Hedonistic and mystical by turns, The Part of Me That Isn't Broken Inside from the award-winning Japanese novelist Kazufumi Shiraisi explores concepts of love, identity and place and the `why' of human existence in a spirit of serious enquiry.
Naoto Matsubara is an assiduous employee in a Tokyo publishing house, with deadlines to meet and manuscripts to read. The early part of this story shows him as a late twenty-something salary man who works - and parties - hard. After work, he usually meets up for drinks with various acquaintances, attends parties or social occasions of some kind, imbibing vast amounts of whiskey and water or, if not, bottles of rice wine, or sake. Naoto's is a dissolute life, with a sense of perpetual hangover making his life edgy and chaotic. He allows two unfortunate friends - a man and a woman who have no connection - to crash in his apartment, coming and go as they wish, while he looks out for their welfare. He buys a stash of prescription drugs for a painful wisdom tooth. He is prescribed seven days worth of drugs and tranquilisers for what might be cardiac neurosis or, if not, arrhythmia.
Naoto's love life is confused in the extreme, and three women appear to willingly facilitate different needs. On the one hand, there is his indulgent girlfriend Eriko, whose patience with her non-committal lover is sorely tested. Then there is Mrs Onishi, whom he meets up with at hotel room early on. She is married, her husband is away, they indulge in a knowingly pornographic sexual encounter, as though it were a trivial pastime in the grand scheme of things - written deliberately so by the author, a popular novelist in his native land. Shiraisi has won two major Japanese literary awards, the Yamamoto Shugoro and Naoki Prizes.
Yet the occasional unbridled sex is somehow 'by the way' and not explored as such, you are left to make up your own mind about the protagonist's carnal desires. The Part of Me That Isn't Broken Inside is ultimately a serious novel. At one point, Mrs Onishi even offers to have a child for our feckless protagonist, and gives the young man money following their torrid encounters.
Tossed about on the sea of his existence, Naoto seeks stability and security, as evidenced by his relationship with single mother and barmaid Tomomi, to whose son, Takuya, he becomes a kind of surrogate father. Naoto's own mother was 20 when his father abandoned her, and she later gave birth to his half-sister with another partner. Naoto readily describes his mother as 'promiscuous.'
The reader learns more about his dysfunctional family background as the story progresses, in intimate conversations with with his girlfriend Eriko. He recalls how during a visit to a zoo, on the pretext of going off to buy ice cream, his mother once abandoned him, an unforgettable experience (there is indeed a lot of abandonment in this 302-page story). Naoto insists that his name be called out over the PA, for fear his mother might take home the wrong boy in the blue shirt. Ultimately, it takes the social welfare officers six days to locate the rather overwhelmed woman at her home.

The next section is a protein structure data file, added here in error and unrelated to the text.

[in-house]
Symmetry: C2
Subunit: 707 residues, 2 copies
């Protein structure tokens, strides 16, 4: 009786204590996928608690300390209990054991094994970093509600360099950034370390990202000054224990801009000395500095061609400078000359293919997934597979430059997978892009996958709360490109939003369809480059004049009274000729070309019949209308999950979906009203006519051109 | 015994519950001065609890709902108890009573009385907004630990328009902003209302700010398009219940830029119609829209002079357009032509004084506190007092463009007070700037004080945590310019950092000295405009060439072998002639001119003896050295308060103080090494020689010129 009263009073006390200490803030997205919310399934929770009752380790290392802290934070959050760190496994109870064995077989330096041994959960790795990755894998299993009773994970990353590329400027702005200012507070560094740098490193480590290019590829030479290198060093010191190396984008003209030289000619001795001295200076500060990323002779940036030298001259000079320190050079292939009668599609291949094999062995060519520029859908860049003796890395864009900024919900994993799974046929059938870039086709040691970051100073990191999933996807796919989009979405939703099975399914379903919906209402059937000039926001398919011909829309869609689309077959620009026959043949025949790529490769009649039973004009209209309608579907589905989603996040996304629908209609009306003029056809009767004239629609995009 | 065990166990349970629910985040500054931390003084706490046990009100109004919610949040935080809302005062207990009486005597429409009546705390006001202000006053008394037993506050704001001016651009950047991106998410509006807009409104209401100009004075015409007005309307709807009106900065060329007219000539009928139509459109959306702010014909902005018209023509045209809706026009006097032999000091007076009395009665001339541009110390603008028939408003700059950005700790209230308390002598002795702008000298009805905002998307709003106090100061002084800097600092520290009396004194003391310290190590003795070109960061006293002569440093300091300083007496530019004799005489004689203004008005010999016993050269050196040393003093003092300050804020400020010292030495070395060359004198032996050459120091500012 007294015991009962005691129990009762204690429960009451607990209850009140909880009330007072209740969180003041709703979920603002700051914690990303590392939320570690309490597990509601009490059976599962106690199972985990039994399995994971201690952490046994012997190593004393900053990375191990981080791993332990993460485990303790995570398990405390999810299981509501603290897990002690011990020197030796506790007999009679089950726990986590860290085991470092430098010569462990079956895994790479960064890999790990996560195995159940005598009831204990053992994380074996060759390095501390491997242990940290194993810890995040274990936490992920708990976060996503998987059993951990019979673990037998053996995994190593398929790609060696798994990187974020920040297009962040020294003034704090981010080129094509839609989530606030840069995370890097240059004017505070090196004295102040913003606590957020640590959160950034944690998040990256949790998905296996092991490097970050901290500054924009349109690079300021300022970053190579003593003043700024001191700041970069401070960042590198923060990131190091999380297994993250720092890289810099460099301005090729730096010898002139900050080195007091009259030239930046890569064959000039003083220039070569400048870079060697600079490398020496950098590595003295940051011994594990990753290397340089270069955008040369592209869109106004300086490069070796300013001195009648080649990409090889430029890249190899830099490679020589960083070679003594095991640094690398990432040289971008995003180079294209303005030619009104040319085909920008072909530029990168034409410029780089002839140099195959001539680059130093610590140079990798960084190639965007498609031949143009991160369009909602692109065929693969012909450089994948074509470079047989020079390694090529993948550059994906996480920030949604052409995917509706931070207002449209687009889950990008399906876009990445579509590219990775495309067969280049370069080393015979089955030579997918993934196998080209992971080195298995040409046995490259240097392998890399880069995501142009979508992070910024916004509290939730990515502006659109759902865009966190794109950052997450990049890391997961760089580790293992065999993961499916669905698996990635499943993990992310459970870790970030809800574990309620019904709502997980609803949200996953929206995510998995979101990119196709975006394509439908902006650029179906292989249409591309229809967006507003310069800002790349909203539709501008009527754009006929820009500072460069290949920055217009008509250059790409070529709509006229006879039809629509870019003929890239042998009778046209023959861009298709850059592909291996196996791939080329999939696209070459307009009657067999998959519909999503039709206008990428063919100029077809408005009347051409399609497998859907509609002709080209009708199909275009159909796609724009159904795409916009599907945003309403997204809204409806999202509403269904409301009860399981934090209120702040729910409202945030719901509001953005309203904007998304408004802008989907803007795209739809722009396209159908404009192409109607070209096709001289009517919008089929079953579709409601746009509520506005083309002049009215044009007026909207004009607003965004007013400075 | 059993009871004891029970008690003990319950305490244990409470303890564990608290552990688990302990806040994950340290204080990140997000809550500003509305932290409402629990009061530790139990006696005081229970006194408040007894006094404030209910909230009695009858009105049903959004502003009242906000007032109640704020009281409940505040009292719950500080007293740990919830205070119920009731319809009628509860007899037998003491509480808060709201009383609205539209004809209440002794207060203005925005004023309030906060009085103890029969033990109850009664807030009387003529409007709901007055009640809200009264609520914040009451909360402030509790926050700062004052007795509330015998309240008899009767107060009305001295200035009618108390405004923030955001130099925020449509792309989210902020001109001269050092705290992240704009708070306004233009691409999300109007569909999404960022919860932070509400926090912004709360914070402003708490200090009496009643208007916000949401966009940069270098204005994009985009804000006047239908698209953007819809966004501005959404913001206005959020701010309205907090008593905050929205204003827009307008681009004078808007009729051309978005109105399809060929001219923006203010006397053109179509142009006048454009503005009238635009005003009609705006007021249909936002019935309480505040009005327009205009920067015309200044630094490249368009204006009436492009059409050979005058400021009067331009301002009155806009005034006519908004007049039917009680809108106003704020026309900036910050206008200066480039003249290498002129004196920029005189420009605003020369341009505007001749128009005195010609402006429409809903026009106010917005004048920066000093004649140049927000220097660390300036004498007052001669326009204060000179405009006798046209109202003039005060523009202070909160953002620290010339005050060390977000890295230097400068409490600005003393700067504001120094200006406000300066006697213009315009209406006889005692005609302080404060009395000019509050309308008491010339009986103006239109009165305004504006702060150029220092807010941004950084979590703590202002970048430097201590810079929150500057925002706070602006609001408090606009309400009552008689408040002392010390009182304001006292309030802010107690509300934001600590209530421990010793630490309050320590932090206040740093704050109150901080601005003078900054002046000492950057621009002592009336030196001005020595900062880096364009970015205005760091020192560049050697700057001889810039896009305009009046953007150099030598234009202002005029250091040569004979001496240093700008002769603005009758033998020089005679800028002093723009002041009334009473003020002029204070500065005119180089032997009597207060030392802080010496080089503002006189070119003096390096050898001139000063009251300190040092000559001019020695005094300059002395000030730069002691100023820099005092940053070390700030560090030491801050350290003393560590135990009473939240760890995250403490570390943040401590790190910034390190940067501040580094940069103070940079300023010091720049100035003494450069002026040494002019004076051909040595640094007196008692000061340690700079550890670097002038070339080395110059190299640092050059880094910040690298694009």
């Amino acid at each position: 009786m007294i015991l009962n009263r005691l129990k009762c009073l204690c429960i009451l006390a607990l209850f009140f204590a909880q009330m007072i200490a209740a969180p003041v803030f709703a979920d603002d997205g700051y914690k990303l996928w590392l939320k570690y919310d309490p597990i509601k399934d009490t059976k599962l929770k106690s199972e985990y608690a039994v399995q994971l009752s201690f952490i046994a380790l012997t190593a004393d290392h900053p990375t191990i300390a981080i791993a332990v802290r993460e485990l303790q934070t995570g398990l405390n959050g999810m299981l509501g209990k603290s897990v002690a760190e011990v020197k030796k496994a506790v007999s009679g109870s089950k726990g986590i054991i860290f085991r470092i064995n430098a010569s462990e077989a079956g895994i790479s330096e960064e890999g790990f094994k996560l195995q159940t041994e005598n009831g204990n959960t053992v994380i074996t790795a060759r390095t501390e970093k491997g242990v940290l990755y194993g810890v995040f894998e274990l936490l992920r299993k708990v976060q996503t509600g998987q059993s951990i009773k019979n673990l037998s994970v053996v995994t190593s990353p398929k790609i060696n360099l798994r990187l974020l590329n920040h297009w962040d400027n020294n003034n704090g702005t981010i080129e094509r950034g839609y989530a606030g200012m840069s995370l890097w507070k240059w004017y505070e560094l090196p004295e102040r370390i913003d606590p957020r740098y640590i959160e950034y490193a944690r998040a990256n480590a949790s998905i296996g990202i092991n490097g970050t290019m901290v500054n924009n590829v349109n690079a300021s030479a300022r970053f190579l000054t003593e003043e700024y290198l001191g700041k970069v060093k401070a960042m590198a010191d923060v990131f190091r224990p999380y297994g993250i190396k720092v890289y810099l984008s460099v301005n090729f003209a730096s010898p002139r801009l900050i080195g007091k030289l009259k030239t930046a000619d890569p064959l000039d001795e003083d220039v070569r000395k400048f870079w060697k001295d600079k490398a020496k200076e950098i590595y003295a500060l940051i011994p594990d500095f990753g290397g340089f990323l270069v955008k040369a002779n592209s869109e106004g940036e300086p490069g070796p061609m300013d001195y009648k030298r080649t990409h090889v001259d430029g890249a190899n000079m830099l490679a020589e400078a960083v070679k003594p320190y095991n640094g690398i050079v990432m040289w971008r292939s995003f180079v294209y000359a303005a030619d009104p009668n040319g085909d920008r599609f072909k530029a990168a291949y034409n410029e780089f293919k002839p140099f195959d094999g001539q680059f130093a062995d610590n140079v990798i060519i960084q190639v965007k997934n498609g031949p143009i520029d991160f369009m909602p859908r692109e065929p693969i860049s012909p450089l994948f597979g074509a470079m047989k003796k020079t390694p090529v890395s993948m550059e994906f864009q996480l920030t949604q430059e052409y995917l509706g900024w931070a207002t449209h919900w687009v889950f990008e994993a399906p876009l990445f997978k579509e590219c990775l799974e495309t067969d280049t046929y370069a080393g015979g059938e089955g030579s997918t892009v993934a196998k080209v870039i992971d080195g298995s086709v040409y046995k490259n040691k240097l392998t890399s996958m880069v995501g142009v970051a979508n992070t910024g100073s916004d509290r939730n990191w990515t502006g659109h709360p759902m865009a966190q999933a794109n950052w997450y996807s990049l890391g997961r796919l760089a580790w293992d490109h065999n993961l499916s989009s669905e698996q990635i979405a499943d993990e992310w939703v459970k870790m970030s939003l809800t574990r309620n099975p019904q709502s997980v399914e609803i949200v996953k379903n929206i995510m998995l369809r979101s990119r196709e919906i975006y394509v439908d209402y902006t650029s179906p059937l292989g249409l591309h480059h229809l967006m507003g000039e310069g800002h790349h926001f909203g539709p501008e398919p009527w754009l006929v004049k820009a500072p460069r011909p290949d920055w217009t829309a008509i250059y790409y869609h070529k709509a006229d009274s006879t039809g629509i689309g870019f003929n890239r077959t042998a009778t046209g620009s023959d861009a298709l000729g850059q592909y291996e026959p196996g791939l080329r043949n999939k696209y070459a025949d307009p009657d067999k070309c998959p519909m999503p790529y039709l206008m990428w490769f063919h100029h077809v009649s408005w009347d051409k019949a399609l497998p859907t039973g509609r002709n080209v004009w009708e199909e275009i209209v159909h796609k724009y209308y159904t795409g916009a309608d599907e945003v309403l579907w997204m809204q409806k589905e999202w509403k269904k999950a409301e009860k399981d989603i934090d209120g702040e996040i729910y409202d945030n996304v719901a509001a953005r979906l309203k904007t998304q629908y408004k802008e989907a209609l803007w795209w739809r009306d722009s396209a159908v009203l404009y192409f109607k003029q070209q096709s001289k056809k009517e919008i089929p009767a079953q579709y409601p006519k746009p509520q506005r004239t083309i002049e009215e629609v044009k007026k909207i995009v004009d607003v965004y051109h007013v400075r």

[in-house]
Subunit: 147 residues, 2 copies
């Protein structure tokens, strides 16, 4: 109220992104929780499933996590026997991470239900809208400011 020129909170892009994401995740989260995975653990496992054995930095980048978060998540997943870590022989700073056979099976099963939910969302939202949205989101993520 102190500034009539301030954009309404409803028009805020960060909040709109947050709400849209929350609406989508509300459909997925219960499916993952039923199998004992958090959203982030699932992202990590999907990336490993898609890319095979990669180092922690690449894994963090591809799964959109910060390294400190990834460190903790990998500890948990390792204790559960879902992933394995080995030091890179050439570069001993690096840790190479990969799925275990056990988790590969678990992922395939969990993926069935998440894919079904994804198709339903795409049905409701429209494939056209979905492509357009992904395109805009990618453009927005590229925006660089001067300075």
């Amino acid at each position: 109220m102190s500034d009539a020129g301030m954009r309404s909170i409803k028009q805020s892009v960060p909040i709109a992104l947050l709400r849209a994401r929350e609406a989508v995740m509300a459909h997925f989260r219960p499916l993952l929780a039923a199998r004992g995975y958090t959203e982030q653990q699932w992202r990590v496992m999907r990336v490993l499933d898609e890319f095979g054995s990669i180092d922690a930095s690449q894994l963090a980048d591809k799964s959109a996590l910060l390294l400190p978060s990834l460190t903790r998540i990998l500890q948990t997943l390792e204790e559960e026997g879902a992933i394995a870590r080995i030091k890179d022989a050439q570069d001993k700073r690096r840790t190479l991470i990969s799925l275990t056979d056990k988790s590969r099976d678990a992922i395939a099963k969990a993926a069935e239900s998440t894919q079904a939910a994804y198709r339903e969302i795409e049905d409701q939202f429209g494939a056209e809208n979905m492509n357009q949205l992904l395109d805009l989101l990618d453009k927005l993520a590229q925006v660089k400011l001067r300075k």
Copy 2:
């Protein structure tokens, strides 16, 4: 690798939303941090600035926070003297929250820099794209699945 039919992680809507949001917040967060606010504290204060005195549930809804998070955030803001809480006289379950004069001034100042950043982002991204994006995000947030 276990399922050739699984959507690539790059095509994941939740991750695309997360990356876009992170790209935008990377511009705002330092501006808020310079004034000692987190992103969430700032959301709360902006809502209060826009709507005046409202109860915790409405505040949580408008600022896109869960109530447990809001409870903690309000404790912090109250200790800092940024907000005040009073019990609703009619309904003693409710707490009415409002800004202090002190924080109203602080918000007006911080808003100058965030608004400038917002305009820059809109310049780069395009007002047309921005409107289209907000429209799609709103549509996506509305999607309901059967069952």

The young Naoto learned a defiantly reflexive self-protection following this incident, learning to recall everything in a photographic fashion. 'I was the kind of cheeky kid who memorised Sir Arthur Conan Doyle's The Lost World in its entirety,' the young man tells Eriko, admitting to being 'obsessive' in an unguarded moment.
This is an unashamedly existentialist, philosophical book, but with dollops of stuff that through the Anglophone reader's eyes amount to melodrama at times. As early as page 17, there is a full-blown conversational exchange about about love and human nature that is a match for the finicky, philosophical dialogue you might find in a Claude Renoir film. There are references to writers as diverse as Eric Fromm and Anton Chekhov, while Yukio Mishima is arguably the abiding literary exemplar.
Happily, the discussions and disquisitions on life put into the mouths of the cast of characters are relatively short. The novelist knows we are just as eager to hear the sometimes bizarre details of Naoto's sourly picaresque adventure, which is played out mostly along the train and bus lines of bourgeois, well-heeled Tokyo.
Death and a creeping sense of mortality and transience begin to cluster in the last quarter of the story, as a more mystical, melancholic tone seeps into the prose. Our protagonist attends his troubled mother’s funeral, and the funeral that follows the suicide of benevolent but financially troubled company president, Mr Nakagaki. Moreover, Naoto dredges up memories of the late Machiko-San, his first 'crush,' a placid, wise woman in her mid-forties who uncomplainingly endured Parkinson's Disease. Daughter of a former abbot of the local Buddhist temple in Naoto's hometown, Machiko-San had been a kind of surrogate mother to him.
The Part of Me That Isn't Broken Inside is one of a recognisable genre, the so-called "I" (confessional) novel, which according to Motoyuki Shibata, an eminent translator of American literature, tends to reveal "the less savoury aspects of a writer's own life."
Idiosyncratic and eccentric to these Irish eyes (perhaps less so to many Japanese readers), The Part of Me That Isn't Broken Inside depicts with unwavering attention the life of his tarnished protagonist and his all-too-familiar nihilist tendencies.
The Part of Me That Isn't Broken Inside is published by Dalkey Archive Press.